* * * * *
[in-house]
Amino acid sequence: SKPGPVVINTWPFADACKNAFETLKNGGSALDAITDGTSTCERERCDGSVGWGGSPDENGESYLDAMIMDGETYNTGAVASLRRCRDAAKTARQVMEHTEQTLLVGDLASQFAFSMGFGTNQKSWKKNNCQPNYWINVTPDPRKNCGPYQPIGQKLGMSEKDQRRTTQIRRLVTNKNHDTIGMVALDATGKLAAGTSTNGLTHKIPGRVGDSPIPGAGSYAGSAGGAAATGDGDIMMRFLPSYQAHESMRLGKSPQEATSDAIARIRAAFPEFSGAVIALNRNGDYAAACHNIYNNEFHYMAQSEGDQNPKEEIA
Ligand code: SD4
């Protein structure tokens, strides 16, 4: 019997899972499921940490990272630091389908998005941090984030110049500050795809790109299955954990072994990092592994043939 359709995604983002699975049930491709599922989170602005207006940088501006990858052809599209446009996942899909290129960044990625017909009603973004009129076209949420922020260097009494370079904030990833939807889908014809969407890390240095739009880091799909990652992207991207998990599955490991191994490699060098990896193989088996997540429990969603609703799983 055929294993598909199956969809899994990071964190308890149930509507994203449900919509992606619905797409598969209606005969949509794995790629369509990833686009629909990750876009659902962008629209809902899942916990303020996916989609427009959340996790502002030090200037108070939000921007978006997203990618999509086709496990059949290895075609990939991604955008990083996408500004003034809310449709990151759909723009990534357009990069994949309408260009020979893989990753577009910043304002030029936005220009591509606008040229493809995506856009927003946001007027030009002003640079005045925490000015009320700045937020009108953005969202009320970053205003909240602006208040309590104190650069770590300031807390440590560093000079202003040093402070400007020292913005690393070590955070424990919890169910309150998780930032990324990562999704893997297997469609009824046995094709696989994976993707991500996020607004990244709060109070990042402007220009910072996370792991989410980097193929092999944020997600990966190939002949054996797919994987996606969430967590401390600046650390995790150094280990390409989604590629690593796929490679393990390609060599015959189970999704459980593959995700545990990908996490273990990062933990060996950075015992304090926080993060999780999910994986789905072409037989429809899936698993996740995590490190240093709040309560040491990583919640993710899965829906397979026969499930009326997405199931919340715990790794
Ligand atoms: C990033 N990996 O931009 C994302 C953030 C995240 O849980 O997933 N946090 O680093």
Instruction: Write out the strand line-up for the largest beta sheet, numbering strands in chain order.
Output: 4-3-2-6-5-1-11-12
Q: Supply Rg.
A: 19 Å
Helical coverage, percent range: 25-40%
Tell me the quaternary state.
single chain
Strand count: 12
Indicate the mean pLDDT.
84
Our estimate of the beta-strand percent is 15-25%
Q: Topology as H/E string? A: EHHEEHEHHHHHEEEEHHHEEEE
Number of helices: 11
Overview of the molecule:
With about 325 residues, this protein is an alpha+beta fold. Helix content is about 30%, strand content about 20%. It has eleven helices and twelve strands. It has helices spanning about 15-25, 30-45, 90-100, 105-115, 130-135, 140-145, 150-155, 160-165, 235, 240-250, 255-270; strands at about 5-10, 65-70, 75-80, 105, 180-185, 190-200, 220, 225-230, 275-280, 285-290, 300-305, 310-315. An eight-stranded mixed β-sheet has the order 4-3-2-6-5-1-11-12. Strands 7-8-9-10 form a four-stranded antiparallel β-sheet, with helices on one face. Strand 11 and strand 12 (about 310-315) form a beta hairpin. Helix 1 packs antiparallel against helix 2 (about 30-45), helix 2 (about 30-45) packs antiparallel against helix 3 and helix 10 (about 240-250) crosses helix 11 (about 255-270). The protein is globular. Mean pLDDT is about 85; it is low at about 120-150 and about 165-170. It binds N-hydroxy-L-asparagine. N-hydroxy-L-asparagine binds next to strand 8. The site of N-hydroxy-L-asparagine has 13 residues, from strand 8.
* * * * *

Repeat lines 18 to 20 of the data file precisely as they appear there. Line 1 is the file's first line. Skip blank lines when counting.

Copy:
Number of helices: 11
Overview of the molecule:
With about 325 residues, this protein is an alpha+beta fold. Helix content is about 30%, strand content about 20%. It has eleven helices and twelve strands. It has helices spanning about 15-25, 30-45, 90-100, 105-115, 130-135, 140-145, 150-155, 160-165, 235, 240-250, 255-270; strands at about 5-10, 65-70, 75-80, 105, 180-185, 190-200, 220, 225-230, 275-280, 285-290, 300-305, 310-315. An eight-stranded mixed β-sheet has the order 4-3-2-6-5-1-11-12. Strands 7-8-9-10 form a four-stranded antiparallel β-sheet, with helices on one face. Strand 11 and strand 12 (about 310-315) form a beta hairpin. Helix 1 packs antiparallel against helix 2 (about 30-45), helix 2 (about 30-45) packs antiparallel against helix 3 and helix 10 (about 240-250) crosses helix 11 (about 255-270). The protein is globular. Mean pLDDT is about 85; it is low at about 120-150 and about 165-170. It binds N-hydroxy-L-asparagine. N-hydroxy-L-asparagine binds next to strand 8. The site of N-hydroxy-L-asparagine has 13 residues, from strand 8.